The heart of social support is building branded online communities
Online communities, also called forums or discussion boards have been around for much longer than Twitter and Facebook. There has been a lot written on communities and community management but I think that it is time to discuss how a branded online community can augment social customer service programs.
While reading the Social Customer Index (via Social Media Today) it occurred to me that many companies are not yet using their branded communities to their full potential for social media customer support.
According to this report the most common channels companies surveyed currently use for customer service are Facebook (86.2%), Twitter (78.8%), while branded online communities were only used by 24.9% of customers. Interestingly, the report states “Facebook and Twitter are still very important channels for those also using branded communities, as they are to the general population. But their branded communities are used by them more than they use Twitter or Facebook to engage with customers. And these branded communities are their most effective social channel—more so than either of the two social giants.”
I agree with them. I would argue that a social media community becomes the legs on which your customer support program sits on. In other words, the community can be the center, or the heart of your program.
On its own there are a number of business benefits of a branded online community including:
Cost reduction in assisted support as customers help customers without rep involvement.
Increase in customer satisfaction as customers find the information they need with low effort (Community content often shows up high in search engine results due to recency and relevance to keywords)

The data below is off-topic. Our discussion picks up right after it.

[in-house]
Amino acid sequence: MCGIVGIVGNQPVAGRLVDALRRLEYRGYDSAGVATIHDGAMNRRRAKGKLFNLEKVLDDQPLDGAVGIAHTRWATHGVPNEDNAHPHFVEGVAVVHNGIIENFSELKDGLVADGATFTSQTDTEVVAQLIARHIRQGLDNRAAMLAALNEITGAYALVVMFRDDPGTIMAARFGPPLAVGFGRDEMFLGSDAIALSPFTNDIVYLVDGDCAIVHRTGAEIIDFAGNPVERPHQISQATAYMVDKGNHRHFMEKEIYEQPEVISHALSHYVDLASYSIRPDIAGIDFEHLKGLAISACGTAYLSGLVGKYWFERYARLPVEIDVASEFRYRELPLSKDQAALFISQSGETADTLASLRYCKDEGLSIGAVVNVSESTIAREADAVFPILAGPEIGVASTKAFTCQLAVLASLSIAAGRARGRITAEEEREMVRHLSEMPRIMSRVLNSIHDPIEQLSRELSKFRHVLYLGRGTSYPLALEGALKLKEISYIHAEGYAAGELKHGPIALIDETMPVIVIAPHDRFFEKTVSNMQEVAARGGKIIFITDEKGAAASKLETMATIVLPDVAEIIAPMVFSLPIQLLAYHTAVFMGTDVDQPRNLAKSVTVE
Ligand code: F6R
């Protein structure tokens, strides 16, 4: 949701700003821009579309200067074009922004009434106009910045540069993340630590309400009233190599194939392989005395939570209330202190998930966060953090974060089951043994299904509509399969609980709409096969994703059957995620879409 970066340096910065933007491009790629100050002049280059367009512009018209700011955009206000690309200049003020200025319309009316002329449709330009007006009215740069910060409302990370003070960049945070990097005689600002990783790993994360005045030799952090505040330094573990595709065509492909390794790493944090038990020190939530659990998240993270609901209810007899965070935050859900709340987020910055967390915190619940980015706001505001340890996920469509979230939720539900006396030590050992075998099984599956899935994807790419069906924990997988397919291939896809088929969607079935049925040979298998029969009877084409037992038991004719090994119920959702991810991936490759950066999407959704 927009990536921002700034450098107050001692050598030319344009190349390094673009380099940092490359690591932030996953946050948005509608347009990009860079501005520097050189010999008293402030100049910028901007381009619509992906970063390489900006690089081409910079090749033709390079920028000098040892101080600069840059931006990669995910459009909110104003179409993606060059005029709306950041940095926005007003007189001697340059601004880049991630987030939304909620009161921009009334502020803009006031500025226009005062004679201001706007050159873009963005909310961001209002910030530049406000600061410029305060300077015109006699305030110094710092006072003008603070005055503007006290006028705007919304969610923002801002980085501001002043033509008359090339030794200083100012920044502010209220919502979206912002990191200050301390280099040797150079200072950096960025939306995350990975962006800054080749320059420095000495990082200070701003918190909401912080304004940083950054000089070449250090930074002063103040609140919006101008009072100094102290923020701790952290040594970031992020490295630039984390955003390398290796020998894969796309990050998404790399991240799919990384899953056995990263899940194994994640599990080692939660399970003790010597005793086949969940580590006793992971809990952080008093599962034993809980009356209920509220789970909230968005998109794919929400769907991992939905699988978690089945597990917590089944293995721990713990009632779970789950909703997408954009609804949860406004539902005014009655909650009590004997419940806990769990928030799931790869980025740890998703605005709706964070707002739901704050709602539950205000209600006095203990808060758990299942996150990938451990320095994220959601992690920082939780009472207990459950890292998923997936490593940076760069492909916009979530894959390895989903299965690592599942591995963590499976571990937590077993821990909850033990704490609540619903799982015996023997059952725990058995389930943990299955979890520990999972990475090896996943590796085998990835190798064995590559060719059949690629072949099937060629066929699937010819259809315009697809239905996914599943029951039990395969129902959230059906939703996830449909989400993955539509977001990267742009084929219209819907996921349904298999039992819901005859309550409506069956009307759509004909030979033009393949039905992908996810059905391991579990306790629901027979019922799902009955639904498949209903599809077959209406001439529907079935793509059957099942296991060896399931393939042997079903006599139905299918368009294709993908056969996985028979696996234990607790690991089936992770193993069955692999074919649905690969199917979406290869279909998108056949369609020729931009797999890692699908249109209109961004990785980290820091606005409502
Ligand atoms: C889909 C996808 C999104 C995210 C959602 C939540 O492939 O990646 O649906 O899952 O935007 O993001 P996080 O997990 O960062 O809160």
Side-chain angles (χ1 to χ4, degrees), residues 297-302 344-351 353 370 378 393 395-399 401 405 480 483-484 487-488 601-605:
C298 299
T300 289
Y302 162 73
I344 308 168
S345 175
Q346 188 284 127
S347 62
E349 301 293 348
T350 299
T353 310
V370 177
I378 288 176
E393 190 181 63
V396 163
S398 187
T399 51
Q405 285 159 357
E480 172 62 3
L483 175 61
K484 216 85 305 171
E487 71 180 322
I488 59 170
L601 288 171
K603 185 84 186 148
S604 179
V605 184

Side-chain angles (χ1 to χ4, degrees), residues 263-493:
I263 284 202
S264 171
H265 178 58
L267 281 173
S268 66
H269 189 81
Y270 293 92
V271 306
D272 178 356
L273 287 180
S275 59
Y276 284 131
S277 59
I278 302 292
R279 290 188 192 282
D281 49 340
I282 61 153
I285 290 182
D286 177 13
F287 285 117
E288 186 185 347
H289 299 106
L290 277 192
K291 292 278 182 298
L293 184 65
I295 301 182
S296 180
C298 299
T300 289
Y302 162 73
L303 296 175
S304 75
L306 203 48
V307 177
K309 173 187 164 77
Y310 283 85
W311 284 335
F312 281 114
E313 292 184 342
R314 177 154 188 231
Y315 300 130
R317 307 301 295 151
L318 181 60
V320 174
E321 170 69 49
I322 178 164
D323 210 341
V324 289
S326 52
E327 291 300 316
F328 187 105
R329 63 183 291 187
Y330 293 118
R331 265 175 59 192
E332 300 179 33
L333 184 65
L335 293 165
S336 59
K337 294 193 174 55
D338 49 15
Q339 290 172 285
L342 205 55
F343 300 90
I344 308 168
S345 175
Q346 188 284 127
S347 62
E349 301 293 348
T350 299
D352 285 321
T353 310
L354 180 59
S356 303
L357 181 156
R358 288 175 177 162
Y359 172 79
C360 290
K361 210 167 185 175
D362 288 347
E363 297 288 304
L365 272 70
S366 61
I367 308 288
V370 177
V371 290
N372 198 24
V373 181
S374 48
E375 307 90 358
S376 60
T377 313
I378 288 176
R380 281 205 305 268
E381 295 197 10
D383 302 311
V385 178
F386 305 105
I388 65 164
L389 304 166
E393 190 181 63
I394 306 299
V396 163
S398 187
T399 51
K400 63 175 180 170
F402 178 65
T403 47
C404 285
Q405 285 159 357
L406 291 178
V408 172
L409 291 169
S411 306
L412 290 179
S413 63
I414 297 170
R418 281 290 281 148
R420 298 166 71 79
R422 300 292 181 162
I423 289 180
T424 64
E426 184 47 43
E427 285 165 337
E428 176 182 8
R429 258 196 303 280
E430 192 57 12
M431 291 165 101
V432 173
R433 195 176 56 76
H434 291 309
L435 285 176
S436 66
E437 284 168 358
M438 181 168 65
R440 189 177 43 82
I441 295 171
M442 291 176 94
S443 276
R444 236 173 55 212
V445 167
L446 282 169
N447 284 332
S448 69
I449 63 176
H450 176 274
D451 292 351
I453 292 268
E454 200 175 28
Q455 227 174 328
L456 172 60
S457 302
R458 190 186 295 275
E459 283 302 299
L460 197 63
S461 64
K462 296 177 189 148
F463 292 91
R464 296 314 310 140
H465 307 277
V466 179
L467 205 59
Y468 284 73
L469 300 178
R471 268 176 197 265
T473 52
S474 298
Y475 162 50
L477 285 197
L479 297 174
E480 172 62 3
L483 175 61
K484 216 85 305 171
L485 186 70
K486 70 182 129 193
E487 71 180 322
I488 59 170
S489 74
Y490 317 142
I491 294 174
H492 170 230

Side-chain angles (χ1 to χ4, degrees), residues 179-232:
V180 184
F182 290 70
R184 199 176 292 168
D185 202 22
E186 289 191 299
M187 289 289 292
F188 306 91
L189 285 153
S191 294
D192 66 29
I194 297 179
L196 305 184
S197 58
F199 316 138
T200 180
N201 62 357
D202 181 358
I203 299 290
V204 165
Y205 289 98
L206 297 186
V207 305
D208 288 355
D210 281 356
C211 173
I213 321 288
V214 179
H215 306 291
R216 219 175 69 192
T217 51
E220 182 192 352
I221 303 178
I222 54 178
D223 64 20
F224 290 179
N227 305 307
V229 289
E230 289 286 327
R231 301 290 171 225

Increase in customer retention as customers are more satisfied and better users of the product/service.
Deeper insight into customer issues and ideas, which if used properly can lead to greater speed fixing defects and bringing new products or services to market.
Development of brand advocates who will not only spread positive brand messages but help support customers by answering questions on the community and elsewhere.
Social Support programs that have integrated their branded online community with their social care efforts are much more efficient in achieving those business benefits. These are some of the ways efficiency is gained:
Reducing time to respond and resolve customer inquiries on other channels such as Facebook and Twitter by pointing the customers to answers in the community rather than numerous back and forth messages to get across the same thing. This is particularly helpful on Twitter where 140 characters is very limiting for service interactions.
The online community, in particular one with advocates or high frequency users of your product and services, can act as a bellwether- bubbling up new issues before they appear in your call center or other social channels. By using this information support teams can fix defects before it appears elsewhere.
With a branded online community, you will also have more information about your customers for your CRM efforts. This can allow you to support their questions more easily, and potentially personalize the support experience.
Social support teams may see different questions asked than their counterparts in traditional contact center. Monitoring and categorizing frequently asked questions on the community and other social properties can help keep self-serve content and knowledge bases fresh, accurate and reduce information gaps.
By linking out to the community on Twitter or Facebook, either as a reminder to customers that it exists, or in response to their questions you will find customers may increasingly check the community first before going to an assisted support channel (phone, chat, social care).
Last but not least – a community is an amazing place to build relationships with brand advocates, super fans or super users. An advocate from your branded community often shows up to support your efforts outside the community on Twitter and Facebook.
Considering the Social Customer Index also found that the biggest obstacles to engaging in customer service with customers on social networks is resources (48.2% of respondents), I expect we will see a lot more emphasis on using branded online communities in a more formalized way for social support.
This post was first written for Social Business News in 2013 so some of the information and vendors may not be around anymore.